But something was wrong. It felt cold.
One guy said he wanted to tell me something. I said it was fine. He called me an unprintable name. And I laughed it off with the rolling on the floor laughing emoji. I thought it was a joke. So I laughed. Another guy asked me to hide my head. He asked me to not to respond, told me to stay silent and keep my head down. I didn’t know it then but he was trying to protect me. He probably knew what was coming my way. I studied in a mixed school in my O-Level before moving to a Boy’s school for A-Level.
I kept responding to a few of the messages directed to me. Until it got overly obscene. This guy accused me of being the worst guy anyone will ever meet on this earth. He asked why I would make kids kneel at school as a form of punishment. He said I made kids get suspended and expelled from school. I said I didn’t and he was generalizing stuff and it’s probably a case of mistaken identity for we were many prefects. He said I was the one. He said he didn’t care because I was still part of the prefects body. Homeboy threw in all the abuses he could get off his head. He asked if I thought I’d get a job from the headmaster or if the school would feed me for the rest of my life.
Being a prefect in high school is a tough thing. Yes, I gave kids punishments for messing in school. I remember making a boy clean the boy’s toilets, which were at a side where the girls could see him. His offense? His class captain asked him to sweep the class and he refused. He told me he was embarrassed and couldn’t do it. I said he’d do it, he’d clean the toilets and nothing would happen to him. He did it. I don’t remember getting any kid suspended or expelled from school.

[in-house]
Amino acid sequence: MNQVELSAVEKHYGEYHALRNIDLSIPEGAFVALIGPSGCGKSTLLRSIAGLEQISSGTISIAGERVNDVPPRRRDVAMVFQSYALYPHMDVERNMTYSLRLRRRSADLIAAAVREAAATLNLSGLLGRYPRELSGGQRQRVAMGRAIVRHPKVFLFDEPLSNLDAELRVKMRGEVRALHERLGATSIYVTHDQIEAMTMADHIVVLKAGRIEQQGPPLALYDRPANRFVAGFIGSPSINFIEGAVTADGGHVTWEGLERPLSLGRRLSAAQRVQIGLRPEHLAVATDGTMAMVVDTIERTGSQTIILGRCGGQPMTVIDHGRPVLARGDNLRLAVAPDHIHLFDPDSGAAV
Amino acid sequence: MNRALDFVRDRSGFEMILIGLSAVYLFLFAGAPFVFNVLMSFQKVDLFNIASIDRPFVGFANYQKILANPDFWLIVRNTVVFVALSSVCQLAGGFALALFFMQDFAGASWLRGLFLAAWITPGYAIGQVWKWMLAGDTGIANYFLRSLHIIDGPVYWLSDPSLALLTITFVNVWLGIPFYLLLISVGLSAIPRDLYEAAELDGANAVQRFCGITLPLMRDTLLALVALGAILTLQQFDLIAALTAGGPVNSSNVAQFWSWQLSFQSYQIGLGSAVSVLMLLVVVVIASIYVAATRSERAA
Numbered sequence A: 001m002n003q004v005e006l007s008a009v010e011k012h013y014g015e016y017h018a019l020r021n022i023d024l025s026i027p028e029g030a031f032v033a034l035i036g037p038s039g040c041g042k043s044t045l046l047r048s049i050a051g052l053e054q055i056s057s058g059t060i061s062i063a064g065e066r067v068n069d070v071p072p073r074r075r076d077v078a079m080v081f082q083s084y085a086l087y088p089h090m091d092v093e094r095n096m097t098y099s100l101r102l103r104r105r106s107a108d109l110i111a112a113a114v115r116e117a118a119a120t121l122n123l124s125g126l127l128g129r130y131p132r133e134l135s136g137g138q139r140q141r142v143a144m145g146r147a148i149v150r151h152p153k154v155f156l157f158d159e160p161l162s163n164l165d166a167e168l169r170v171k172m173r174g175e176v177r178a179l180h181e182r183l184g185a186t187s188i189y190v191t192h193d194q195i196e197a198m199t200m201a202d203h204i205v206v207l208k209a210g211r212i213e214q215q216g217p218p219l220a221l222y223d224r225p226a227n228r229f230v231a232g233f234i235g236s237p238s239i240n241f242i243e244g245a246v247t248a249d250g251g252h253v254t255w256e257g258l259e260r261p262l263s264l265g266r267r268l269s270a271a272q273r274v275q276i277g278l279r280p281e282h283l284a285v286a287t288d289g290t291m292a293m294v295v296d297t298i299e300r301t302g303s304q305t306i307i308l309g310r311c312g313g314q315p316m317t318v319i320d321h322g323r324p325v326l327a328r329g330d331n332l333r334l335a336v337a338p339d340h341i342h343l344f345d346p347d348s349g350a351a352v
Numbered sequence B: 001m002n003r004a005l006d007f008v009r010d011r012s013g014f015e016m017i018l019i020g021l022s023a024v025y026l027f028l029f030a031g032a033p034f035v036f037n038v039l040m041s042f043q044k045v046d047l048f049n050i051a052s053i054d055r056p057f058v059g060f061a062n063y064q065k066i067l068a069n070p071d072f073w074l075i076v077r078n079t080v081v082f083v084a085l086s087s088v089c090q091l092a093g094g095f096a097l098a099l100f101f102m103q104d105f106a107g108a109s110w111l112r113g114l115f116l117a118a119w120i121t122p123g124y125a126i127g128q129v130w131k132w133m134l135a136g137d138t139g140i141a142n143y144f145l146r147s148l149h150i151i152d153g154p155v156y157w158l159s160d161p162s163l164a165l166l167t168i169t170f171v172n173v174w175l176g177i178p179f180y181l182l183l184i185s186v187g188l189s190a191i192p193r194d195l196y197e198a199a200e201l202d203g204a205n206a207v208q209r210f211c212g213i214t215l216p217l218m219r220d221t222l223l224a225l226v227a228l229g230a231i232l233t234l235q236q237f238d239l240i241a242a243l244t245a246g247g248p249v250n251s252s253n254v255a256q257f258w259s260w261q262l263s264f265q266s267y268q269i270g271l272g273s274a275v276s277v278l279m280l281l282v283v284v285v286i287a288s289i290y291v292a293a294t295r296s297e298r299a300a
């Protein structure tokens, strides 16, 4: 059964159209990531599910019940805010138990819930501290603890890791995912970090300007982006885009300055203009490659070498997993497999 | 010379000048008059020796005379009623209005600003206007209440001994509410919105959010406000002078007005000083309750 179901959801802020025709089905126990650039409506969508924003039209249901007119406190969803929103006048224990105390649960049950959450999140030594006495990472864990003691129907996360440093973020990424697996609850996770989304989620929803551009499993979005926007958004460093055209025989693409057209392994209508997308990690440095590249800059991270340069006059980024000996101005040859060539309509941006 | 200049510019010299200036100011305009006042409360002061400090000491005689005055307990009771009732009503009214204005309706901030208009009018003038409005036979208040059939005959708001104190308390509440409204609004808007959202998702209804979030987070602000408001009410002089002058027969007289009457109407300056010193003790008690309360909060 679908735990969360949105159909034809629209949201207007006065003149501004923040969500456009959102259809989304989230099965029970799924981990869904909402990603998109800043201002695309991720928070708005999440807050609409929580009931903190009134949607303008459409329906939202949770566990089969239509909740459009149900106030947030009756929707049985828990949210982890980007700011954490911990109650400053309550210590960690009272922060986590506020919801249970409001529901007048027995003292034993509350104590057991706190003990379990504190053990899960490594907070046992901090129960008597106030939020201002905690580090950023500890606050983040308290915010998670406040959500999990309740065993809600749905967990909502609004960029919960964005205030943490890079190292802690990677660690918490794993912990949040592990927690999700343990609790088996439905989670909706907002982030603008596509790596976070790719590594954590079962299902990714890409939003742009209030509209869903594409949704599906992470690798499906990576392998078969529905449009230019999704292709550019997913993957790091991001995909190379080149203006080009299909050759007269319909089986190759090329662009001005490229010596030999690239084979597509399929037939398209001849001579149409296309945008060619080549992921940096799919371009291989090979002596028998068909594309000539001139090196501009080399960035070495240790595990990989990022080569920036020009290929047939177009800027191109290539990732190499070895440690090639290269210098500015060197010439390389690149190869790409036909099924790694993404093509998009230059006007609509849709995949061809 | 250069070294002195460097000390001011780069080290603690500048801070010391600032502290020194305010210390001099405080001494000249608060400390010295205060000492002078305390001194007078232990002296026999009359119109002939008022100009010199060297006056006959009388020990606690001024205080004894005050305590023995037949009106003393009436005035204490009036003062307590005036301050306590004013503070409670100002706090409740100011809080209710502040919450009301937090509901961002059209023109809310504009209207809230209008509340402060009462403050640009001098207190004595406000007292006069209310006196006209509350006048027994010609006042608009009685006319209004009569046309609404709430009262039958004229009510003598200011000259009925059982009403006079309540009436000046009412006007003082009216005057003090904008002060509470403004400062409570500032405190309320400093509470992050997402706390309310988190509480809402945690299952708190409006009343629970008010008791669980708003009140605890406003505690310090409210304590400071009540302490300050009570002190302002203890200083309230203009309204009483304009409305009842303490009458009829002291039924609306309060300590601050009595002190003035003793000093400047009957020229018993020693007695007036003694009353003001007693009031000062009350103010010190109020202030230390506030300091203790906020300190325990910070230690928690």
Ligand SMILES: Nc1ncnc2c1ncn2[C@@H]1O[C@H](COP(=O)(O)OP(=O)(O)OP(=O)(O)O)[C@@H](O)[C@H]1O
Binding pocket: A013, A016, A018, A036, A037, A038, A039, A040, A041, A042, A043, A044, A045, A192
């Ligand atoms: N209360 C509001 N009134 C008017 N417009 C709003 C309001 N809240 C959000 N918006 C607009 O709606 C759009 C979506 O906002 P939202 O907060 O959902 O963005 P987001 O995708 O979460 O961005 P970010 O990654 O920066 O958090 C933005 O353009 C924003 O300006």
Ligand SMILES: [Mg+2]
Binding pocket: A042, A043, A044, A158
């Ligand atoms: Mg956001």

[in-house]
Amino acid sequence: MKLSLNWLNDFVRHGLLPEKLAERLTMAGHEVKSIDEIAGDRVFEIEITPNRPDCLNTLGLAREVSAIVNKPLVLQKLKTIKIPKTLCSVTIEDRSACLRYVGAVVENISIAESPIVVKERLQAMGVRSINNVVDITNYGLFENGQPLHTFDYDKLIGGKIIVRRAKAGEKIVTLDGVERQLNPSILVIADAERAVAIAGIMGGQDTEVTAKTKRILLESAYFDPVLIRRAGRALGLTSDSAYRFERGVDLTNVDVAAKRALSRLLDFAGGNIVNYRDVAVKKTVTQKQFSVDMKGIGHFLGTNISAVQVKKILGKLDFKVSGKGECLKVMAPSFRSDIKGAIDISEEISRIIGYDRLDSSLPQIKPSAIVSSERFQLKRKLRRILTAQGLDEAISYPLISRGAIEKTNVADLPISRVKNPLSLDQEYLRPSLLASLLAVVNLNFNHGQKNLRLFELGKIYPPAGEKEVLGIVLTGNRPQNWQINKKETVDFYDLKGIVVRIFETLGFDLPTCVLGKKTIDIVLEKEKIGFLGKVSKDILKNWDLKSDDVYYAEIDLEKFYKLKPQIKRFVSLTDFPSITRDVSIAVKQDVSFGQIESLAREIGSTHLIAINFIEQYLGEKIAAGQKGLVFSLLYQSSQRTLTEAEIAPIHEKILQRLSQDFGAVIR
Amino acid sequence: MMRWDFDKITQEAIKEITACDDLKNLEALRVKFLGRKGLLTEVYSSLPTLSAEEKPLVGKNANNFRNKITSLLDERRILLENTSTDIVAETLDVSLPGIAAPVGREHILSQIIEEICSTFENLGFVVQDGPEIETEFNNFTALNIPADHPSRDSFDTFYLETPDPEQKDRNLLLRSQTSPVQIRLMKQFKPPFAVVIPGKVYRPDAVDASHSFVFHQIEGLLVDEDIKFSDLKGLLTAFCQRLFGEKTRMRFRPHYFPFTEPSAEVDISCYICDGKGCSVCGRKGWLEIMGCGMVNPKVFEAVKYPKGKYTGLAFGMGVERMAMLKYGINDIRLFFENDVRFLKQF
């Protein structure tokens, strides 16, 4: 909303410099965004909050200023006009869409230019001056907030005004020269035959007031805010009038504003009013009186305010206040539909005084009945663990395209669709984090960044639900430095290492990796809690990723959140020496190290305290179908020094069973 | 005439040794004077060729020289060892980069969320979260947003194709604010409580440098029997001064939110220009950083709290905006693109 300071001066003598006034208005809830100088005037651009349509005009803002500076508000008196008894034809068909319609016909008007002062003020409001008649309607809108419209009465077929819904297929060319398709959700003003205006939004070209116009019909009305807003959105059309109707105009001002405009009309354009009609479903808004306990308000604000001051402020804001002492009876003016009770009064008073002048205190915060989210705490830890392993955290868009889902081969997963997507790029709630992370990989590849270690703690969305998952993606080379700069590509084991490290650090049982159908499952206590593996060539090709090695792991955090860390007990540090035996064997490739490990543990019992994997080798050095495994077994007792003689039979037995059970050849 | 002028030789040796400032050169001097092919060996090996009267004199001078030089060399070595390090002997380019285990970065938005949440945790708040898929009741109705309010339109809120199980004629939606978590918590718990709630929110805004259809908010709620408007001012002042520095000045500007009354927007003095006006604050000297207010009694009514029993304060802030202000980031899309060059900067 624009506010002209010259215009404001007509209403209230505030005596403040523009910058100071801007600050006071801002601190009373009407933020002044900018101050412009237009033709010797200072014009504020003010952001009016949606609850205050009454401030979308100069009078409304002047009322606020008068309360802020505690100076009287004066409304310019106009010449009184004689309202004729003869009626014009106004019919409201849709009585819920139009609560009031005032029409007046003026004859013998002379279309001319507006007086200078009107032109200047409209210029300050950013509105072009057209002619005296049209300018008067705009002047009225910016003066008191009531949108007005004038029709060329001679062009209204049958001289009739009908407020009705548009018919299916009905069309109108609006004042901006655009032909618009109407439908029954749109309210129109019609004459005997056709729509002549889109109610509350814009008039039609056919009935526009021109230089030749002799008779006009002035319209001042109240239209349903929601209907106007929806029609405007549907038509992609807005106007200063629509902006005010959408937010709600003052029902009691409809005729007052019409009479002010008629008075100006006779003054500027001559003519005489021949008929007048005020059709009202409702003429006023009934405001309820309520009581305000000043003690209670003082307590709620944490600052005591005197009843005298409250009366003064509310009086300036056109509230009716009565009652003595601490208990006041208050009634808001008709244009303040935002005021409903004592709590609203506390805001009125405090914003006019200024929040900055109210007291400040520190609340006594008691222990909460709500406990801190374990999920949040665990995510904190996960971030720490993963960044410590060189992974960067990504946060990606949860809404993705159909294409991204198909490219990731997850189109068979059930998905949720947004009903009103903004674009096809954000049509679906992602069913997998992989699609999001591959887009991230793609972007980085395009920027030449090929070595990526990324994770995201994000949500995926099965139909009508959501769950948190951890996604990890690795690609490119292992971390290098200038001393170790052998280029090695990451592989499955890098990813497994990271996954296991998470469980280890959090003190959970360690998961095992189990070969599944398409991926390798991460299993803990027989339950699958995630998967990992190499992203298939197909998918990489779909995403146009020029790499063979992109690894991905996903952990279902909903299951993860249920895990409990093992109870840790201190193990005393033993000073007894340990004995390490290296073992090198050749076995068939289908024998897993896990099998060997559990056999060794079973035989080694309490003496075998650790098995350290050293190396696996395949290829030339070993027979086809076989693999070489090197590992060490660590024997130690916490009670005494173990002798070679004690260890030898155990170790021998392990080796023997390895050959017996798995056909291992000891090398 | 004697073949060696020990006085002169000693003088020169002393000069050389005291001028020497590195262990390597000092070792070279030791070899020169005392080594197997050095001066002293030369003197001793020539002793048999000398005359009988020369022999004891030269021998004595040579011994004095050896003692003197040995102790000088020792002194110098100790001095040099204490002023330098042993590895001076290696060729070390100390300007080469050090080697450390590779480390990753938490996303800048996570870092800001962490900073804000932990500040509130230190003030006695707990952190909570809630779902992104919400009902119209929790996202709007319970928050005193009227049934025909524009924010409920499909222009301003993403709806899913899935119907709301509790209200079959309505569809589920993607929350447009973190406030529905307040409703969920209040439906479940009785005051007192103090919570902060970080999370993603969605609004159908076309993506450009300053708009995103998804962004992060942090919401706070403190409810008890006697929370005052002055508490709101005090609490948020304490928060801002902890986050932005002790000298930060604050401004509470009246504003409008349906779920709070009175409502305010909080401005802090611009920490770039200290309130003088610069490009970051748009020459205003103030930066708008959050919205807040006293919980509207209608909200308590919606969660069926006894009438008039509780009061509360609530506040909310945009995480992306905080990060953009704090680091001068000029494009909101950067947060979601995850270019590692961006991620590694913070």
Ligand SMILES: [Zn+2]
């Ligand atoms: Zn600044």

But this guy insisted I messed up many people’s lives. He said I was a merciless moron. That I didn’t care a rats ass what happened to people, their parents and their future. That he hated me.
He called me another set of unprintable names and said if he ever finds me anywhere in Kampala, he will break my bones and knock my teeth out. That he’ll beat the shit out of me and I’ll go numb. That I’ll bleed through all my pores and I won’t walk. He was hurt. And he was pouring it all out. He said if he met my wife, he’d sleep with her (he used way rougher language) and mess with everything she’s got. He’d make a video of it and post it on social media.
My heart sunk.